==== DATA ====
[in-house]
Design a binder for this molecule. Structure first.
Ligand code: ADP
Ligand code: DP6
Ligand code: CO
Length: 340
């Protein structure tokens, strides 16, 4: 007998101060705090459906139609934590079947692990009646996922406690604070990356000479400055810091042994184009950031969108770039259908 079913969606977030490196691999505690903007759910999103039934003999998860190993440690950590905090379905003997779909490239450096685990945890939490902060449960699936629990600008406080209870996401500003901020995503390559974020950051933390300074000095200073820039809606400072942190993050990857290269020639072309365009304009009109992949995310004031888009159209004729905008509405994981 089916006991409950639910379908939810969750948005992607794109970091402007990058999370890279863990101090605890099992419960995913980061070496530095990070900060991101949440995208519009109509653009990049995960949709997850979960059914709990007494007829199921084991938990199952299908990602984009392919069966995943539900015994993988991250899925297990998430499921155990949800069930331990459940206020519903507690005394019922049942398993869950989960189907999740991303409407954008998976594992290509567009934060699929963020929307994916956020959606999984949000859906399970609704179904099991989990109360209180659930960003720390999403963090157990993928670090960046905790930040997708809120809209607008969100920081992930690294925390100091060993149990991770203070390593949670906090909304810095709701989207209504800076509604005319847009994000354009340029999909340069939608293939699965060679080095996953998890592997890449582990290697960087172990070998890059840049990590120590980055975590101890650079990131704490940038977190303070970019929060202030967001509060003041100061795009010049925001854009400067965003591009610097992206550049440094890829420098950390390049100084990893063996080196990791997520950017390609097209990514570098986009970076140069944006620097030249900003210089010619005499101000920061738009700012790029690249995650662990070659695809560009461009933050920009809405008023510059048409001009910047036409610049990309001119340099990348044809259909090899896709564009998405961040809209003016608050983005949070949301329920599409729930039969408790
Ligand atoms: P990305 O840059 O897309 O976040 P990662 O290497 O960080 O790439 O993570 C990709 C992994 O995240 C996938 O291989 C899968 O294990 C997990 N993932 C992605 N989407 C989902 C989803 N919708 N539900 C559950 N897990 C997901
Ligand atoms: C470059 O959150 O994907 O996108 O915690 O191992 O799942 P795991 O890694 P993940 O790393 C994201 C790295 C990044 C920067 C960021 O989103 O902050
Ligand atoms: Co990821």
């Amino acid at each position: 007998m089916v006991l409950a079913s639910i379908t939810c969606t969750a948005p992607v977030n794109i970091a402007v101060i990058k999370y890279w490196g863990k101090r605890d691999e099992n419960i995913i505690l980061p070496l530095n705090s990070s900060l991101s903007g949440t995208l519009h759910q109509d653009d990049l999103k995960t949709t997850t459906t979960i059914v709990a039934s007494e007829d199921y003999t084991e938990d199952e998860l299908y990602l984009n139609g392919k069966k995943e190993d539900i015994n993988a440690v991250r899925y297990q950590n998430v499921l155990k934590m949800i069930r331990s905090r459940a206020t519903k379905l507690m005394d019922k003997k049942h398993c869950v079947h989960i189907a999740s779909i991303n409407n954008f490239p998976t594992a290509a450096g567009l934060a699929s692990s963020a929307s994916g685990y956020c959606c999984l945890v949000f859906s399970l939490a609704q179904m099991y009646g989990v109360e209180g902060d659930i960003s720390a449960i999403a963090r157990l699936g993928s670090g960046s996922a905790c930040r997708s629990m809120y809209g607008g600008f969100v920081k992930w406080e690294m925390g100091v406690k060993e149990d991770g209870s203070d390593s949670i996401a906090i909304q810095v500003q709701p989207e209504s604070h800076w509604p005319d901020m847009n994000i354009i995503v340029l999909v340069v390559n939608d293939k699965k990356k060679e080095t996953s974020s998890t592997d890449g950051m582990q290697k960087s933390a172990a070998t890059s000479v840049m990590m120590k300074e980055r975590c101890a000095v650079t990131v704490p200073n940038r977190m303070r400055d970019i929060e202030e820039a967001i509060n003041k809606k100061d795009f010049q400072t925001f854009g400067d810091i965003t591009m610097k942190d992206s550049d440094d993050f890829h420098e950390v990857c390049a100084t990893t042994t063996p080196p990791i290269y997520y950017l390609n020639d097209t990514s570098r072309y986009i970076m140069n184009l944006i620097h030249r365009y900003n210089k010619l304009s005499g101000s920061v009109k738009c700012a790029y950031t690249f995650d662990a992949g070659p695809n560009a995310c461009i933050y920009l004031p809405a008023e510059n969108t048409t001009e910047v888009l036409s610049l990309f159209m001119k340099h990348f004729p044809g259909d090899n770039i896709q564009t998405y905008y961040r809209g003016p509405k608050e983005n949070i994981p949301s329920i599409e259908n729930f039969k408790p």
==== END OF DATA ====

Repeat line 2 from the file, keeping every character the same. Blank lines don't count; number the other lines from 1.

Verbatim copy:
Design a binder for this molecule. Structure first.